"""The Supreme Court took a big step this week in extending corporate power in the electoral arena. In a 5-4 decision, the court struck down limits on interest groups wishing to directly fund campaign ads in the run-up to national elections. Previous rules – including the 2002 bi-partisan campaign reform act – prohibited corporations from directly funding campaign ads in Congressional races, either in favor of, or against individual candidates. Those rules have been struck down in this new decision. Previously, rules regulating spending merely required that corporate interests channel their money through formal mediums; corporations were required to filter spending through political action committees (PACs), and were still able to spend unlimited amounts on “issue ads,” although not on ads attacking specific candidates. In this sense, the Supreme Court’s ruling should not be seen as a milestone so much as one of many recent rulings seeking to strengthen corporate power. Buckley v. Valeo (1976) represents one of the earlier efforts to expand the voice of corporations, as the Supreme Court ruled that spending money on campaign contributions was a constitutionally protected form of free speech. The Supreme Court also struck down a portion of the 2002 bi-partisan campaign reform act in 2007, which prohibited corporations and unions from financing political ads during the two months before general elections and the month before primaries.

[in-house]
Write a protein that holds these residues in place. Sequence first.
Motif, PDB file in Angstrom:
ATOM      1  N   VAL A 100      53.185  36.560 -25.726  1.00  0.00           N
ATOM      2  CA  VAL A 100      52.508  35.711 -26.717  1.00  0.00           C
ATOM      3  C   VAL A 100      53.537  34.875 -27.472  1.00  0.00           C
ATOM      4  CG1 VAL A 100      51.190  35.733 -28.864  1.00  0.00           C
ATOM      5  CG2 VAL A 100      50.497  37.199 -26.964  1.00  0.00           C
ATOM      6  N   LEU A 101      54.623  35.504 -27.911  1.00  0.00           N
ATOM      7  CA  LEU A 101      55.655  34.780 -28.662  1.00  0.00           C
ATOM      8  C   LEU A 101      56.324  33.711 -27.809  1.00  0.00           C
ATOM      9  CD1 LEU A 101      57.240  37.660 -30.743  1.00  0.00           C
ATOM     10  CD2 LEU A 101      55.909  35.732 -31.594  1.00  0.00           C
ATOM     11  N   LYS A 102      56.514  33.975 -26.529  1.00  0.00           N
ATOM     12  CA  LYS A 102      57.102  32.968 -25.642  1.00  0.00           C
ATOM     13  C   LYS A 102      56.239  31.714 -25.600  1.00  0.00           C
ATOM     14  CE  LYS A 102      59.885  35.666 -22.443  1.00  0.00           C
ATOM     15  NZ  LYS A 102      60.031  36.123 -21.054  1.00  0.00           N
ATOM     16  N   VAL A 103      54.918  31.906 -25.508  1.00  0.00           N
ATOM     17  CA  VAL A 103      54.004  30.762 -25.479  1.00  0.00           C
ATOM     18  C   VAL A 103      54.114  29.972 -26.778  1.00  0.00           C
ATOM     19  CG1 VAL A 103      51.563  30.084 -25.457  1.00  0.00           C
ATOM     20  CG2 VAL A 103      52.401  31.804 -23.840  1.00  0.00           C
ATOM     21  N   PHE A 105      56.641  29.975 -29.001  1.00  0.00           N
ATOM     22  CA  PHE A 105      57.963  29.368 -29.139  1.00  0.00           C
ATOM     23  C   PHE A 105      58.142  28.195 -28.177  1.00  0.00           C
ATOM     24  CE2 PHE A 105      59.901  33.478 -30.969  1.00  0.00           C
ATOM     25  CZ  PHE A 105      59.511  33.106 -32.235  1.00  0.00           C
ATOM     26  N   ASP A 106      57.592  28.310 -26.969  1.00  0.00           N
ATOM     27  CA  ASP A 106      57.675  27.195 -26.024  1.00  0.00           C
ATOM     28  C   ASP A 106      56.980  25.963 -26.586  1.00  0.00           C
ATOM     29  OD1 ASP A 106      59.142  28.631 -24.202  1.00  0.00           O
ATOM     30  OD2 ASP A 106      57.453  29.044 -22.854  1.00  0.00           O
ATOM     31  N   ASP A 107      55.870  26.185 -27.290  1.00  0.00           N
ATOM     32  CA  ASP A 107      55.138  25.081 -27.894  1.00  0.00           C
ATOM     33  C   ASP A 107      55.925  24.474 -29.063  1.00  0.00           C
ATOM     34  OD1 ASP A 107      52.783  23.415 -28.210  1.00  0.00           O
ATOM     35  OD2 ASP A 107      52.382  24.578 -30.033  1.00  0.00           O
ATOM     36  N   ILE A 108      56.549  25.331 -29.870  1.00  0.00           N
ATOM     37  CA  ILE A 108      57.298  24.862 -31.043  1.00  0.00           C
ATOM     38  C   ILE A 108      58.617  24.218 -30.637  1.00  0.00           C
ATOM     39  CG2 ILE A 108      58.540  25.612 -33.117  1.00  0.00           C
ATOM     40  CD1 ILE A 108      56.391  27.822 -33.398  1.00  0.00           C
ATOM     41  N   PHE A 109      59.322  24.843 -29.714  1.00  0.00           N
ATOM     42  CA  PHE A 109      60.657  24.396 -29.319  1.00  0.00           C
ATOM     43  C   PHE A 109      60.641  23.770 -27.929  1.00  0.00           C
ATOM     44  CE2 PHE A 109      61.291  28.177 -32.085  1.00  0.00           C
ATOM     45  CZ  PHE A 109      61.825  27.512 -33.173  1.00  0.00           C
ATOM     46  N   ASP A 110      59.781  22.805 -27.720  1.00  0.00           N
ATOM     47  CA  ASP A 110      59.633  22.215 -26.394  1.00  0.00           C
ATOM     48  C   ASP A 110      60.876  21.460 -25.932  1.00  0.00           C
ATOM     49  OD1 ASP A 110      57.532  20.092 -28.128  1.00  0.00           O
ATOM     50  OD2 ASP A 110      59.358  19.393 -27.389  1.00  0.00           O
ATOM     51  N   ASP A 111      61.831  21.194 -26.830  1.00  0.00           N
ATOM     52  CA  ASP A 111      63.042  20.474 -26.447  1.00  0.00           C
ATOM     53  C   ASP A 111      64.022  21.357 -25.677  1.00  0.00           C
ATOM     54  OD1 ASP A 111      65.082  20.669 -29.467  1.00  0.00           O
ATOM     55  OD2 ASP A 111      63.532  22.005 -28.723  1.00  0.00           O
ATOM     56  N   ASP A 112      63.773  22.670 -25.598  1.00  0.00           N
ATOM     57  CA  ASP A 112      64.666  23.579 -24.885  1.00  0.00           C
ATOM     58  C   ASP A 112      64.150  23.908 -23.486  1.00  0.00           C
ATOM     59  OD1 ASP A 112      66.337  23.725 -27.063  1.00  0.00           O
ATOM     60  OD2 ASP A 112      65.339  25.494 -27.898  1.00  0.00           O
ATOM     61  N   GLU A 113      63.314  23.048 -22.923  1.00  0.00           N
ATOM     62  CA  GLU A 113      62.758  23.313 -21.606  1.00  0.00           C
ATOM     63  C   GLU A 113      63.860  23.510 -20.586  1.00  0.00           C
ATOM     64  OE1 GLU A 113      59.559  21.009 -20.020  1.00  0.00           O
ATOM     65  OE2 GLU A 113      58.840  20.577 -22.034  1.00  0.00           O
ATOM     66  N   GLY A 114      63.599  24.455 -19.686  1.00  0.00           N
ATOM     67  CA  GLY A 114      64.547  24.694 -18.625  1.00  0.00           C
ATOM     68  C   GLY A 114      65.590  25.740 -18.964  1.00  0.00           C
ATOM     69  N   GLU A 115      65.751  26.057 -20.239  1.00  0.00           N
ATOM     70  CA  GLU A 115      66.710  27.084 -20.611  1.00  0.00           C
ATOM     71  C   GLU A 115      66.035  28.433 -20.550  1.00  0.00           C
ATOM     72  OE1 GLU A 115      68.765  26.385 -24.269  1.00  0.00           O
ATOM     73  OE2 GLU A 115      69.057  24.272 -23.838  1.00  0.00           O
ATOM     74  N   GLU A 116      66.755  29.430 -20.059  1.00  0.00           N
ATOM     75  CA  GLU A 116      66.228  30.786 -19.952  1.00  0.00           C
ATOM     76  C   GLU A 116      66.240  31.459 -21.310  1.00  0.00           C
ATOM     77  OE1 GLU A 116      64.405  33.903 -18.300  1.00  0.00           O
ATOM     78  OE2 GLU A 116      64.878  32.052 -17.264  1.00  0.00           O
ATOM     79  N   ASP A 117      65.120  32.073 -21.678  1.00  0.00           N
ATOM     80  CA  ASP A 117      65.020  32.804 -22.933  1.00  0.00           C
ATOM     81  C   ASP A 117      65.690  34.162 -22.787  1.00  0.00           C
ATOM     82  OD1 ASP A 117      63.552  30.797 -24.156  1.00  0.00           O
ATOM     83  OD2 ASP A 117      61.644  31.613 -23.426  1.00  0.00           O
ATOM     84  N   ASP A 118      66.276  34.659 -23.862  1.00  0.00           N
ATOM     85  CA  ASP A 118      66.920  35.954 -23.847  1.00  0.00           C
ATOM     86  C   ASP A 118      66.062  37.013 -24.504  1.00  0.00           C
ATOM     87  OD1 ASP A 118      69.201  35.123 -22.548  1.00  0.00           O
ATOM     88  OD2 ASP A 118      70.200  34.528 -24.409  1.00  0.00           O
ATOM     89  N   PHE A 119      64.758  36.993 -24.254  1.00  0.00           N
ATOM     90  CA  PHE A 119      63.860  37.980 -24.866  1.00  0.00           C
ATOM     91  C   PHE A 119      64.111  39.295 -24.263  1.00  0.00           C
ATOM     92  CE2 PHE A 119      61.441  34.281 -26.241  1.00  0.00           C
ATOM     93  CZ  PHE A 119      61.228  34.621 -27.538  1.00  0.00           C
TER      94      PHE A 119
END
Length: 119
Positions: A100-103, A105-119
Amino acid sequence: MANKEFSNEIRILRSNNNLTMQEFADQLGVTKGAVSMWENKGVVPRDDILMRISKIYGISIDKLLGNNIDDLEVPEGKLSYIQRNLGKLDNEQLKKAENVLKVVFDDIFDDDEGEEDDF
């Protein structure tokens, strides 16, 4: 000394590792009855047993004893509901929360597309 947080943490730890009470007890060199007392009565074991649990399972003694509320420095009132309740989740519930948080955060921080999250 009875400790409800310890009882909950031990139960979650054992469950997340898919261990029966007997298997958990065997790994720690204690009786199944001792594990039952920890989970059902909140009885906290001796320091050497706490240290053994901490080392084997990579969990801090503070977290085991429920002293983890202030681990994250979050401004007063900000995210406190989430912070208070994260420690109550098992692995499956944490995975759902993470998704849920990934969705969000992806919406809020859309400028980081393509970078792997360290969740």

The rationale for easing campaign finance laws was provided in a majority opinion written by Justice Anthony Kennedy, proclaiming that “speech is an essential mechanism of democracy, for it is the means to hold officials accountable to the people…Political speech must prevail against laws that would suppress it, whether by design or inadvertently.” Undergirding the court’s rationale is the assumption that money does not pervert the electoral process, but is in fact vital to it. Philosophically, campaign spending is seen as nothing more than a form of political expression – to be wielded by any group or individual who wishes to lobby for or against candidates running for office.
There are good reasons to reject the notion that campaign money is a form of free speech that nurtures democracy. One particular danger from the Supreme Court’s actions is the increased probability that businesses will stifle progressive change. Officials who enthusiastically support corporate power may be rewarded by massive increases in spending on issue and candidate ads that benefit them during re-election, while candidates who support progressive reform will be the subject of an organized business onslaught that is without financial restrictions.""""
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Pops Kennedy, scholar of the classics and top-ranking judicial mind in the USA, has a profound insight to share with the plebes of the USA: "money talks." Alas, Kennedy, one of the current papist majority on SCOTUS, didn't quite master the finer points of Aristotle's Politics. The Stagirite opposed despotism, at least in principle, including the financial sort. As does catholic tradition--at least in principle, though Padres might make exceptions when a powerful papist judge has a few million pesos to donate to his favorite catholic charity--yo, Nuestra Señora de Usura Perpetua...
This decision may seem trivial, meaningless, or boring as a Beatles medley at a Ramada on I-80. When the CA gubernational battle heats up, it may not seem so meaningless. Maybe they should post campaign financing bids on e-bay.